Please join Trish and I as we welcome Elena Brodskaya, co-founder and President of SFVEG on our next livestream Wednesday 6/21/17 at 9:15 pm EDT… and stay tuned for future episodes!

[I encourage all readers to click the blue links embedded in this essay and explore the information on those sites.]

Dismantle speciesism.  Live vegan.  Educate others.
 
Start now, here’s how:
 

 

On Rationalizations and Awareness

babies
If we are appalled at the idea of eating human babies but accepting of the idea of eating non-human babies, then we need to examine our speciesism.

Rational Lies Cause Mythunderstandings

When it comes to the use and exploitation of animals for reasons of palate pleasure, comfort and convenience, I’m not proud of how I used to think, but it’s part of my story and may be relatable to others who live in a society where speciesism is currently the norm.

In my denial, I used to rationalize that it’s a good thing we kill “food” animals when they’re young so they don’t endure prolonged suffering (slaughter age for most non-human animals used for food is between 1-6 months.  If you’re not yet vegan, take a moment to consider that those are babies on your plate and that the age of the victim is, in the end, irrelevant…).

baby oven

Through my own extravagant mental gymnastics, I found ways to justify my use of animals and had crafted a comforting myth for myself that went like this:

“Yes, I’m aware that veal calves are traumatically separated from their mothers shortly after birth, confined and chained by their necks in crates, fed a nutrient-poor diet that causes them health problems like anemia and then killed within a few months, but here’s why that’s ok: they’re not really ‘suffering‘ because they’ve never experienced a ‘good’ life and therefore have no frame of reference for what pleasure and comfort feel like.  To them, this is just ‘life’, much as when someone is born without legs, they never ‘miss’ their legs since they don’t know what it is to have legs.  They just adapt and deal with life as they know it.  And, if by some chance I’m wrong and the calves actually are suffering, it’s certainly better to kill them and put them out of their misery as soon as possible.  Either way, there’s no problem that I can see.”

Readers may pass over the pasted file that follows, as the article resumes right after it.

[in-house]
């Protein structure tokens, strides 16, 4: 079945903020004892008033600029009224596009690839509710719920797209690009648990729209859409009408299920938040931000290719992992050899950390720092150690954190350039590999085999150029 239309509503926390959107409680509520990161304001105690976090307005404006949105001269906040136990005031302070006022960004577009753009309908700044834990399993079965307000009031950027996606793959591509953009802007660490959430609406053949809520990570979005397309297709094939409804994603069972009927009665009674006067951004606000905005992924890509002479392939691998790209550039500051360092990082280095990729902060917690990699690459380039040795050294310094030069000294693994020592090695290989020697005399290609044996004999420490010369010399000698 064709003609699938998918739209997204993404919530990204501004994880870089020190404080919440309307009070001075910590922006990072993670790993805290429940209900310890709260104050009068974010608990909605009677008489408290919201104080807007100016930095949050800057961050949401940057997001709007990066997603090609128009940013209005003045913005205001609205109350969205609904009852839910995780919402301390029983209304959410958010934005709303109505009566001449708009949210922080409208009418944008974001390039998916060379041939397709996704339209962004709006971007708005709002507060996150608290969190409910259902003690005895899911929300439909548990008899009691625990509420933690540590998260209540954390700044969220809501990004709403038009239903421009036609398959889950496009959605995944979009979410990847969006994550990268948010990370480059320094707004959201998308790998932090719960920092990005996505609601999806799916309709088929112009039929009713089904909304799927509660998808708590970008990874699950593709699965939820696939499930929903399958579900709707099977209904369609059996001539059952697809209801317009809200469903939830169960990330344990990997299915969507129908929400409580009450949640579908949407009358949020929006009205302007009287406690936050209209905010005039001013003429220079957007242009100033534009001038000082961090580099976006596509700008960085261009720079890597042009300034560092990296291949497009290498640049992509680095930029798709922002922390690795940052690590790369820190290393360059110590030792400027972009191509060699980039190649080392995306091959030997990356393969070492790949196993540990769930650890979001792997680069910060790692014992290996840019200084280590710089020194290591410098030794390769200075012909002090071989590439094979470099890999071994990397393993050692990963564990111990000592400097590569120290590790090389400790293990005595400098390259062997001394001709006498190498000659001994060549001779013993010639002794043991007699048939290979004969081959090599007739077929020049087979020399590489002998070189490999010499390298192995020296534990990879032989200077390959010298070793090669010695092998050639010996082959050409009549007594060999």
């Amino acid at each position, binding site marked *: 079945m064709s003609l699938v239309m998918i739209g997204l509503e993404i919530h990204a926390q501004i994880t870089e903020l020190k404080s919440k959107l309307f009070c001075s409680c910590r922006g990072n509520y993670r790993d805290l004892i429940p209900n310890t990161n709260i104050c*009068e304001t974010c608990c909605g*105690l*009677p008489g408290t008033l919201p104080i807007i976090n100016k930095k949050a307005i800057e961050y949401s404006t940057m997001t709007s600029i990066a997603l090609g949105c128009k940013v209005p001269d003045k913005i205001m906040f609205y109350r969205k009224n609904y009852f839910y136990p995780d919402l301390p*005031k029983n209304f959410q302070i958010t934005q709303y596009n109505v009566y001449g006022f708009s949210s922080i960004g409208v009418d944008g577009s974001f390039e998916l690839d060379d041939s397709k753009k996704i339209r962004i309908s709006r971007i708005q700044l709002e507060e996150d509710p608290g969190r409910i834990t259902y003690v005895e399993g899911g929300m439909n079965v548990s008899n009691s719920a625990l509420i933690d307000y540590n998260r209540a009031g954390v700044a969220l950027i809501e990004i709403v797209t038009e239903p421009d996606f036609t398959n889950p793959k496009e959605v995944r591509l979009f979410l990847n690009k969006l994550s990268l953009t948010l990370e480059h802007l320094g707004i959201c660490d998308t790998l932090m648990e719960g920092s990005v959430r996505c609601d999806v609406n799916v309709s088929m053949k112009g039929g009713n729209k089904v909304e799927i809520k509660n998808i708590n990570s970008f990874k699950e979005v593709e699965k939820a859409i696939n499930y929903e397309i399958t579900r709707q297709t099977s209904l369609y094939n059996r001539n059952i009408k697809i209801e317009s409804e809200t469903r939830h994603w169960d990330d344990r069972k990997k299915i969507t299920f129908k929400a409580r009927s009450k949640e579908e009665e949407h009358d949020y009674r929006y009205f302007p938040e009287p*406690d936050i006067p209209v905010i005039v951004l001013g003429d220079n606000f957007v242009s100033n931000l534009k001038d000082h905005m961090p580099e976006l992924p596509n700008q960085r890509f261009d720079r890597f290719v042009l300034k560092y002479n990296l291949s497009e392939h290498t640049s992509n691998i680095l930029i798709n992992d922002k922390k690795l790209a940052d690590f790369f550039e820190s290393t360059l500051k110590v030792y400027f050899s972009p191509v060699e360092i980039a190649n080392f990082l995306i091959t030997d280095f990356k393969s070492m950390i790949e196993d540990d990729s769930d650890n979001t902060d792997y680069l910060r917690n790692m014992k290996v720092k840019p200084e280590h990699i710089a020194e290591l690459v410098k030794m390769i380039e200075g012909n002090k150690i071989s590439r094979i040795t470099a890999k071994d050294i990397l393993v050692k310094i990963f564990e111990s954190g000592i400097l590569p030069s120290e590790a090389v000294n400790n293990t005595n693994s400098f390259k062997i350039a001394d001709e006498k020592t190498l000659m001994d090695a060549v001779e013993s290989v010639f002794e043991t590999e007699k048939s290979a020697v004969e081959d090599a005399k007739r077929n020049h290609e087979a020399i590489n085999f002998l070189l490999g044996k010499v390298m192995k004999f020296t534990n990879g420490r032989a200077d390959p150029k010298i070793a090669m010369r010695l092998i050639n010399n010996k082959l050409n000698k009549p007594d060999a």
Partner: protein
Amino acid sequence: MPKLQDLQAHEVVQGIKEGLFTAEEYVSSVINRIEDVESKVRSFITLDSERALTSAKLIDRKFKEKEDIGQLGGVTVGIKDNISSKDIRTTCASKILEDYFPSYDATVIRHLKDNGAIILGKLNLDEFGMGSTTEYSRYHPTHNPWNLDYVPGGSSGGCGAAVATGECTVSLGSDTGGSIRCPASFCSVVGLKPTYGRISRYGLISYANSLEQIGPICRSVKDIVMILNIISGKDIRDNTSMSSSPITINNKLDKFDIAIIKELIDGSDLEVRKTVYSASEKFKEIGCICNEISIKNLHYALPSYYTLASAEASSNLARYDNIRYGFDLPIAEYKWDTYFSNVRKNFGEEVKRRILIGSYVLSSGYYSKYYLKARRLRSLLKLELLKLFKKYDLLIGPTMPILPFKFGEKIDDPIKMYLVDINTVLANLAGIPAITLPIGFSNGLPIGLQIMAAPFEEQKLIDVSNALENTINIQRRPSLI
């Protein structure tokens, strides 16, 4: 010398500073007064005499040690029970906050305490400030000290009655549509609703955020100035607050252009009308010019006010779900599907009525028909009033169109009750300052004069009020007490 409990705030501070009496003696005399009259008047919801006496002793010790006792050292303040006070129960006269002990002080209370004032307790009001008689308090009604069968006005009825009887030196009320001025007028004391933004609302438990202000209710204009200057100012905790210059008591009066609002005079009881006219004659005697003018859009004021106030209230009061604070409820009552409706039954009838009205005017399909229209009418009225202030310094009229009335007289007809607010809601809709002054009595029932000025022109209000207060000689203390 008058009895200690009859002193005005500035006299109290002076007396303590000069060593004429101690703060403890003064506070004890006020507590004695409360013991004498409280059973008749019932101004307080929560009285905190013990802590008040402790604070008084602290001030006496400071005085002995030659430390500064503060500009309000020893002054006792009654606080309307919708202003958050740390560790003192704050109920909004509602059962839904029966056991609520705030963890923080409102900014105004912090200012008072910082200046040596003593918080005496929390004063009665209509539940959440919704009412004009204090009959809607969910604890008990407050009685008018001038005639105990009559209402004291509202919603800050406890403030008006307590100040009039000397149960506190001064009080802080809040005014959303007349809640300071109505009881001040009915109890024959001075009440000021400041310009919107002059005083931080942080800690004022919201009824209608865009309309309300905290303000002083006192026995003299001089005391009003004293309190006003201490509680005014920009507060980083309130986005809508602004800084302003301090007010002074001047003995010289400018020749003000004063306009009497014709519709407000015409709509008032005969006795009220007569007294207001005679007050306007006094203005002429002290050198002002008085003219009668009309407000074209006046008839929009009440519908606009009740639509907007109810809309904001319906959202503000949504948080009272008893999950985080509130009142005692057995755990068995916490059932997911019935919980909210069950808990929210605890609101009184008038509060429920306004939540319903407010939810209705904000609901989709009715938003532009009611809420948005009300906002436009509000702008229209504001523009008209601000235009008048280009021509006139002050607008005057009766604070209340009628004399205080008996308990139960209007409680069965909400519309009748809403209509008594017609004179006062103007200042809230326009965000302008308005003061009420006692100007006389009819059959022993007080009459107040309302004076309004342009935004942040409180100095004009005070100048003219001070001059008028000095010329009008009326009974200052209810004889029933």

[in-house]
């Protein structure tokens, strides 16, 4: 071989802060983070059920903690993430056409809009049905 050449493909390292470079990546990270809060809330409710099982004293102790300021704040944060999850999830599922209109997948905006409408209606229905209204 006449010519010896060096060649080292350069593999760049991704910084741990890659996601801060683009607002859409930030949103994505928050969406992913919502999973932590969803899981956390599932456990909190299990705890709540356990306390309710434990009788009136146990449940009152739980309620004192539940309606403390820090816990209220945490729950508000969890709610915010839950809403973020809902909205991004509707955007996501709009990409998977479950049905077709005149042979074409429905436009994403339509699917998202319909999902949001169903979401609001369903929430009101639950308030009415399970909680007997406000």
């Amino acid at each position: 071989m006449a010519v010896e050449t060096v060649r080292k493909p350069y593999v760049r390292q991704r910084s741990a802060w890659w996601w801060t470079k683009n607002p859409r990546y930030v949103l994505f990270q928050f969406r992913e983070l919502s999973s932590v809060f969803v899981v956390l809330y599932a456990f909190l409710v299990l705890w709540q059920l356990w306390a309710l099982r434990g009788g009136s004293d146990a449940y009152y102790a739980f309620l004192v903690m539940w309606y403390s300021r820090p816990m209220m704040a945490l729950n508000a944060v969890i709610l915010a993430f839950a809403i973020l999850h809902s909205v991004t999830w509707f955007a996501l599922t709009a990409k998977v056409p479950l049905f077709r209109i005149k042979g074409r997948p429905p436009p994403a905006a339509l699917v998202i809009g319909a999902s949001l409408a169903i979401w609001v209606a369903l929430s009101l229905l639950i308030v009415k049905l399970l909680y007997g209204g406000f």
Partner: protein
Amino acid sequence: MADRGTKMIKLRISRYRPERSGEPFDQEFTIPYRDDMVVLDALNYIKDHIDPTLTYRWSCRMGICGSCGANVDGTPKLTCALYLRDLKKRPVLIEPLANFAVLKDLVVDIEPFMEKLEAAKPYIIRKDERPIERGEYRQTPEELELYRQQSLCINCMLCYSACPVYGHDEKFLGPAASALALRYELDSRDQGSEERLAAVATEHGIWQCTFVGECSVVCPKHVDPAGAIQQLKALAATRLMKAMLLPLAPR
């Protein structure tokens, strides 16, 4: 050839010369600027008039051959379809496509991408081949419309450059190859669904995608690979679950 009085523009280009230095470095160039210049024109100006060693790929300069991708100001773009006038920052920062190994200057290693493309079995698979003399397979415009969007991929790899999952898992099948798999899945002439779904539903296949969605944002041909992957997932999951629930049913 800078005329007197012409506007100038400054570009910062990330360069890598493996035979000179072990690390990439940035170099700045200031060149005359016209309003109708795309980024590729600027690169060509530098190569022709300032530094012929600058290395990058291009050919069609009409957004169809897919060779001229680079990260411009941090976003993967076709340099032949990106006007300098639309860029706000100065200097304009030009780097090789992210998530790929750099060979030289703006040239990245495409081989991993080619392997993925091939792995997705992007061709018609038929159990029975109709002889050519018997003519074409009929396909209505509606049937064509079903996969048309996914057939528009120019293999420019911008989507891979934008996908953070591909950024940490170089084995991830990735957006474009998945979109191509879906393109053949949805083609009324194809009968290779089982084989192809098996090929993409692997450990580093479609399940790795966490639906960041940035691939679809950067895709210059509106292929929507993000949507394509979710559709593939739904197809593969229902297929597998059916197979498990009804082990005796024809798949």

Yes, I actually said that.  More than once.  To anyone who’d listen.

I must have believed, in some misguided utilitarian fantasy, that we were being “humane“, merciful and doing non-human individuals a favor by slaughtering them to avoid prolonging their miserable lives.  I conveniently overlooked the obvious fact that we are the ones causing their misery in the first place by forcibly breeding them into existence for the express purpose of killing them and that the only way to stop all of what’s deemed as “misery”, “abuse”, “suffering” and “cruelty” is to stop behaving as if non-human individuals are objects, things and replaceable, disposable resources to be used to satisfy our trivial desires.  

In short, when we understand that it’s wrong to hurt and kill innocent, vulnerable individuals irrespective of species membership, age, gender identity, class, race or any other arbitrary criterion, we have a moral obligation to live vegan.

Rational Eyes See the Truth

I’m glad that when my mind and heart woke up to reality and I became aware of the consequences of my behavior, I began living vegan that same day.

The best amends I can make for the horrific and irreparable damage I used to cause non-human individuals by supporting a system that demands their enslavement, exploitation and execution is to live differently, to live ethically, to live vegan… and to carry a clear, consistent, unequivocal vegan message to others.

I’m asking you to do the same, starting today.  Live vegan and advocate veganism.  It’s a choice you will never regret.

[I encourage all readers to click the blue links embedded in this essay and explore the information on those sites.]

Dismantle speciesism.  Live vegan.  Educate others.
 
Start now, here’s how:
 

Trish Roberts, Steve Grumbine and Keith Berger Discuss Veganism on Real Progressives

Here is the audio and video of the Real Progressives livestream on Facebook that took place on 5/26/17.   Please listen and share!

 

Thank you to Steve Grumbine of Real Progressives for inviting me and Trish Roberts of HowToGoVegan.org and VeganTrove.com for a lively discussion on veganism with particular focus on its ethical implications.

Please note that, during the show, I lost my Internet connection for roughly ten minutes around the 38-minute mark but was able to return before the close of the program.